Stan Van Gundy puts chances at ’50-50 or worse’ that the Lakers can retain Dwight Howard after this season

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The Lakers momentarily stopped the bleeding on Friday, playing smart and together in an easy 102-84 home victory over a decent Utah Jazz squad.

The team will need a lot more performances like that one just to sneak into the playoffs this season, and the way the rest of the year plays out will have long-term consequences on the way the franchise looks over the next several years.

Dwight Howard, as you may have heard, will be an unrestricted free agent at the conclusion of this season. The Lakers traded for him believing that his re-signing in Los Angeles was a virtual certainty, given the storied history in Los Angeles, the perfect weather, and the chance to play for a team that does its best to field a championship-contending roster every single year.

But with the disastrous way things have started for this star-stacked Lakers team, along with the hiring of Mike D’Antoni, whose offense doesn’t traditionally feature its post players, Howard may consider other options more closely when the time comes.

His former coach, Stan Van Gundy, sees the chances of Howard remaining in Los Angeles as no more than a 50-50 proposition.

From David Baumann of ESPN Radio 1080 in Orlando:

I asked Stan Van Gundy if he thinks Dwight Howard will be wearing a Lakers jersey by the end of the season: “That’s going to be an interesting thing,” Van Gundy said. “I think they will keep him for the rest of the year. I think they still think they’ve got a lot to offer and can re-sign him. So, I think he’ll be there for the rest of the year, but I think it’s ’50-50′ or maybe even worse odds for the Lakers that they can retain him at the end of the year and if they realize that, you could see them make a move at the trading deadline.”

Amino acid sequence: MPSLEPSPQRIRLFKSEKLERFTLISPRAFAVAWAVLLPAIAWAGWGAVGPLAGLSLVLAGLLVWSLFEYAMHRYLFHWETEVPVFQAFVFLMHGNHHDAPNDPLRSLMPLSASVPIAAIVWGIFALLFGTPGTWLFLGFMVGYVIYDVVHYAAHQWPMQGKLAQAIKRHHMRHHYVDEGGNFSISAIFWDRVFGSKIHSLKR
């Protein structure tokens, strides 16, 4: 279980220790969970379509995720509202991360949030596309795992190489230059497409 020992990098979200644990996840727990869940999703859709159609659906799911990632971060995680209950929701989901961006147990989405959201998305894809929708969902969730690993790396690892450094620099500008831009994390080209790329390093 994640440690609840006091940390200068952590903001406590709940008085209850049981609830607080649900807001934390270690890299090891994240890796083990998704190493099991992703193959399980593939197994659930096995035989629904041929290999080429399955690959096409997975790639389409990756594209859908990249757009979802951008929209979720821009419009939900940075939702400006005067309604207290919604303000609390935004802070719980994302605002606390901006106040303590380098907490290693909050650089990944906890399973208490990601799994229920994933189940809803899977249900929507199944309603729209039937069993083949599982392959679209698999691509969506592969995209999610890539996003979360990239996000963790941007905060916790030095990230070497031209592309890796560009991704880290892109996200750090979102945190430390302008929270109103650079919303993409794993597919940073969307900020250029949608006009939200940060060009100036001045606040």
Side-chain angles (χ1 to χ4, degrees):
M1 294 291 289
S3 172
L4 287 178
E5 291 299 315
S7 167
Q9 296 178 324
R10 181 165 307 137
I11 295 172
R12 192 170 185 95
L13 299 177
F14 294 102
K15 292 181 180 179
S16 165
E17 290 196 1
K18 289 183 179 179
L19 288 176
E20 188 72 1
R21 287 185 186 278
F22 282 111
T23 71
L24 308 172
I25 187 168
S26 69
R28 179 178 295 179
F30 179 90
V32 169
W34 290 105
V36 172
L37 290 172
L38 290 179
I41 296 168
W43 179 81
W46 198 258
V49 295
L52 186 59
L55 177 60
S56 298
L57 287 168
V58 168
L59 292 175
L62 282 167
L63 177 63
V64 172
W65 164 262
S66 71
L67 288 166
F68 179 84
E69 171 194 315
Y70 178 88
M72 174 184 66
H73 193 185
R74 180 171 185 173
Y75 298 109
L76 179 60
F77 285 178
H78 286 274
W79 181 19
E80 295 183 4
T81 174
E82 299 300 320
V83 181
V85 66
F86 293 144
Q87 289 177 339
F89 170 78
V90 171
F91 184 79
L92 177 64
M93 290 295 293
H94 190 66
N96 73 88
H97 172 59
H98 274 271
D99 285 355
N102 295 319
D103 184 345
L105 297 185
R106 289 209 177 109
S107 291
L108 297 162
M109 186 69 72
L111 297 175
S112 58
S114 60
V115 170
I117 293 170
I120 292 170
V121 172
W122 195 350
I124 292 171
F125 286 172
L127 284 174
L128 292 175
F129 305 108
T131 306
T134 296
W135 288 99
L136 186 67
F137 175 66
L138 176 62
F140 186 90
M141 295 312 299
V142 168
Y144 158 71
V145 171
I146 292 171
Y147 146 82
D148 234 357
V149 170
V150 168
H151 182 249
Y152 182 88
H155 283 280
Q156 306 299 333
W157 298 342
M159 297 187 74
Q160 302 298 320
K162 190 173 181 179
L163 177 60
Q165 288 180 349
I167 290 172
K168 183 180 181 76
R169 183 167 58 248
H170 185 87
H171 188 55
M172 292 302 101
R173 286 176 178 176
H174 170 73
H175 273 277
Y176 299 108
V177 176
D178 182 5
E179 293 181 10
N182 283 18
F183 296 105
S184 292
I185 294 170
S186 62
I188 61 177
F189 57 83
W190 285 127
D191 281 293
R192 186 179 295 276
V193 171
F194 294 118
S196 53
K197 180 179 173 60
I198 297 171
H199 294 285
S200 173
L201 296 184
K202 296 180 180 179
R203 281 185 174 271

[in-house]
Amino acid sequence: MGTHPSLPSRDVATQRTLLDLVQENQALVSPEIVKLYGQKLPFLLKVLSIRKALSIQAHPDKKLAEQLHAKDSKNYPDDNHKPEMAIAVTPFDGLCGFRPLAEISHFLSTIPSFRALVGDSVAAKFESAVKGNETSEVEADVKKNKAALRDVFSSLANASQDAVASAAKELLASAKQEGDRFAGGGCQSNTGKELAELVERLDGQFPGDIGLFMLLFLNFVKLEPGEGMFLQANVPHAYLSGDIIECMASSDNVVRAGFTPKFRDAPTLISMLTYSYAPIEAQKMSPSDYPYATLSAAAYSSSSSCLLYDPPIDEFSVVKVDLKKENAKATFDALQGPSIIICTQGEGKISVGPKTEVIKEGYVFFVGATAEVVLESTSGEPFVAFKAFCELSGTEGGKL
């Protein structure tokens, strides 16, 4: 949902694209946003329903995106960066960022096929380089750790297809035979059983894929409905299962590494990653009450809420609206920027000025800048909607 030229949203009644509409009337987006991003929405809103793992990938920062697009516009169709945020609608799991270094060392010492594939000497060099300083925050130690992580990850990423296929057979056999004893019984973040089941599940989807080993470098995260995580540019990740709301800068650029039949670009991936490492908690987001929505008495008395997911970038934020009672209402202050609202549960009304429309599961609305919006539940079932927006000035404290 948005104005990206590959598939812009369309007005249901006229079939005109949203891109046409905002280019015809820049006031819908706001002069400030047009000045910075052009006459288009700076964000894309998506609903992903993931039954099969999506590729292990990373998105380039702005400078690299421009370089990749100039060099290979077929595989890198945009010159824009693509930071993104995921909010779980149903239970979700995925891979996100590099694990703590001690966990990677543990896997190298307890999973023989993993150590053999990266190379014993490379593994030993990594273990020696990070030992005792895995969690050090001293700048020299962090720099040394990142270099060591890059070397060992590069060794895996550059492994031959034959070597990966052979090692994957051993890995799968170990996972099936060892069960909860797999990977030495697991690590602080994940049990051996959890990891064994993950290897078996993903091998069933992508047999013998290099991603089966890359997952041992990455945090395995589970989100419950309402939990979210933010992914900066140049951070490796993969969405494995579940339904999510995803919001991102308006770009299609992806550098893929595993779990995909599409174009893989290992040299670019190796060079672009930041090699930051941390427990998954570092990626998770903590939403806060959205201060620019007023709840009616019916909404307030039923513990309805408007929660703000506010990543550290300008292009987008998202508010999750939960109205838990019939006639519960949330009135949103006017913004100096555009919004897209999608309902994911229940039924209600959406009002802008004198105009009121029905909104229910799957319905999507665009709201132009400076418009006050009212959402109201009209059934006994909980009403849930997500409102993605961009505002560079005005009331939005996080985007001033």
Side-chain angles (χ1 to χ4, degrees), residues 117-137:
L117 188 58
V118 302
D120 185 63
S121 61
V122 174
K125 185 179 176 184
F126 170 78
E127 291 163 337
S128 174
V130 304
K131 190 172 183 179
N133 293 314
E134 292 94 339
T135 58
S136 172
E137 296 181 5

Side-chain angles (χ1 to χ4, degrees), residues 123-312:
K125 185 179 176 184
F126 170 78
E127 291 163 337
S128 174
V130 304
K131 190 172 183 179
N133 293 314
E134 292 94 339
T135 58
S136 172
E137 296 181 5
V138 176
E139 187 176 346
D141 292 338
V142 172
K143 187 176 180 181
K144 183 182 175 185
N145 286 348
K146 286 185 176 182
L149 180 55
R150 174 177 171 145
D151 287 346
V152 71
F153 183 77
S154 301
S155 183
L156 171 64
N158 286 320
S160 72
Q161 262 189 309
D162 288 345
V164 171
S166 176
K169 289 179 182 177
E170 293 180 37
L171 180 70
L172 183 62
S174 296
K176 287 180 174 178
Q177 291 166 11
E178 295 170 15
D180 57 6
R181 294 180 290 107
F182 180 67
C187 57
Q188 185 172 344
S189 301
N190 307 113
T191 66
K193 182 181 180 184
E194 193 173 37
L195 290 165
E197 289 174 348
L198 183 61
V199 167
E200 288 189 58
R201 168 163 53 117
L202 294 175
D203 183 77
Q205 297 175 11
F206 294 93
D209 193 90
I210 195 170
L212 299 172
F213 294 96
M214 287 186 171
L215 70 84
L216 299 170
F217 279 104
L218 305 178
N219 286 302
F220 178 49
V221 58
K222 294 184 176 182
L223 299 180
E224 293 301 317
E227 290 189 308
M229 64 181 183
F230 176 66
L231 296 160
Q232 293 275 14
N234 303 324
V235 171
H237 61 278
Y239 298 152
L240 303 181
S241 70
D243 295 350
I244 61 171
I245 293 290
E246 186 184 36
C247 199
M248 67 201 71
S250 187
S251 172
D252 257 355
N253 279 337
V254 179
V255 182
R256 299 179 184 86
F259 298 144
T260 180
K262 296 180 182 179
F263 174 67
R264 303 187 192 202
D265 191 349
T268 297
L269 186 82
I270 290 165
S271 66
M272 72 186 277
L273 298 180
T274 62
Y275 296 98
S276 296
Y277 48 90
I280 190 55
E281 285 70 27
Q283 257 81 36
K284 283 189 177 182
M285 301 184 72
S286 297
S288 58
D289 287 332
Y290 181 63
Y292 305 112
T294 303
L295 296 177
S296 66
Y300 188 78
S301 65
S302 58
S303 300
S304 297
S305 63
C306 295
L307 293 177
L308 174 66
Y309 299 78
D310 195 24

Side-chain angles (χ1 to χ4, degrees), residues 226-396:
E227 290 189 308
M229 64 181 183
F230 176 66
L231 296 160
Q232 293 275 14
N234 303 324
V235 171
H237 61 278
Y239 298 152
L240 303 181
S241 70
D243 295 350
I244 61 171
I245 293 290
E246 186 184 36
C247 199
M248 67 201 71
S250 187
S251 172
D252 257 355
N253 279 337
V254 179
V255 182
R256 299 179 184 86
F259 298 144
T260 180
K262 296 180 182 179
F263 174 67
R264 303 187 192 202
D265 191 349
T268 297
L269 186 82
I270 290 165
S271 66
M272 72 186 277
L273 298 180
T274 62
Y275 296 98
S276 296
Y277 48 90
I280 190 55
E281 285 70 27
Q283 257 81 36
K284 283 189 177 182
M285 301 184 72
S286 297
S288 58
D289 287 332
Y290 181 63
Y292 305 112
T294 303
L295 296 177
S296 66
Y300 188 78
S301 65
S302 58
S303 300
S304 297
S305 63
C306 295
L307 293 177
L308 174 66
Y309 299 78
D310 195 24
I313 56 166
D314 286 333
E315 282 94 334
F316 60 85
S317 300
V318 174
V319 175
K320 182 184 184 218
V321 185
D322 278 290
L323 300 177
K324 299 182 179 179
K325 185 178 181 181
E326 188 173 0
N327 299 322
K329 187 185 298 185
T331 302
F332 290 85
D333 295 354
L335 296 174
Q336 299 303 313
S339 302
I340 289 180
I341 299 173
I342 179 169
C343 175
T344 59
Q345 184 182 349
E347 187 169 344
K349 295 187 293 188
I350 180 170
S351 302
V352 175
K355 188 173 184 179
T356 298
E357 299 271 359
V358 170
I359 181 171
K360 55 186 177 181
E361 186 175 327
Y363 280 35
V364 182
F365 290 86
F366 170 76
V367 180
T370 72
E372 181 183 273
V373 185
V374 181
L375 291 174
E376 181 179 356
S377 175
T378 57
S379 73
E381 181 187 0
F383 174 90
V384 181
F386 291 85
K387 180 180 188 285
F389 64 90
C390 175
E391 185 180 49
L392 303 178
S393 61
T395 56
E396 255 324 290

The Lakers have no plans to trade Howard at this stage, but Van Gundy has point, here.

If the team comes to the realization that Howard leaving is more likely than him staying, they would be wise to see what they could get for him before the Feb. 21 deadline passes.

The worst thing for the Lakers would be to see some improvement in the coming weeks which encourages them to keep the roster intact, only to see the team revert to its losing ways in the second half of the season, which could negatively impact Howard’s chances of staying.

The reality right now is that Howard doesn’t know what he wants, and likely won’t before the book on this season is closed. It’s almost certain that the Lakers will keep Howard through the end of the year, but predicting the future beyond that is essentially impossible.

Thunder reveal “Hoodie Melo” hoodies before Knicks game (PHOTO)

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Ah yes, Hoodie Melo. The new, improved version of Carmelo Anthony that is much better than the old one, mostly because he isn’t playing for the New York Knicks. Also, he is often seen wearing a hooded sweatshirt.

Of course, as is often the case in the NBA, when a cultural phenomenon comes along there’s often plan to make money off of it following close behind. That appears to be the case here, as the Thunder announced special Hoodie Melo sweatshirts that were selling before the game against the New York Knicks on Thursday.

The sweatshirts mimic the style of a popular Jordan brand logo, Carmelo’s shoe sponsor.

Via Twitter:

Carmelo stayed true to form throughout the warm-up session before the game, taking to the floor during lineups wearing — you guessed it — a hoodie.

Of course, there was lots of intrigue during the Thursday night game between Anthony and his former team, with the first points of his career coming in Oklahoma City looking like this:

Long live Hoodie Melo. May his brand forever beat forecasted sales numbers.

Warriors unveil sweet new uniforms (photo)

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The Warriors might not have Draymond Green against the Pelicans tomorrow, but Golden State will have these awesome jerseys:

Fresh. To. Death.

Devin Harris’ brother dies in car accident

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Just awful news for Devin Harris.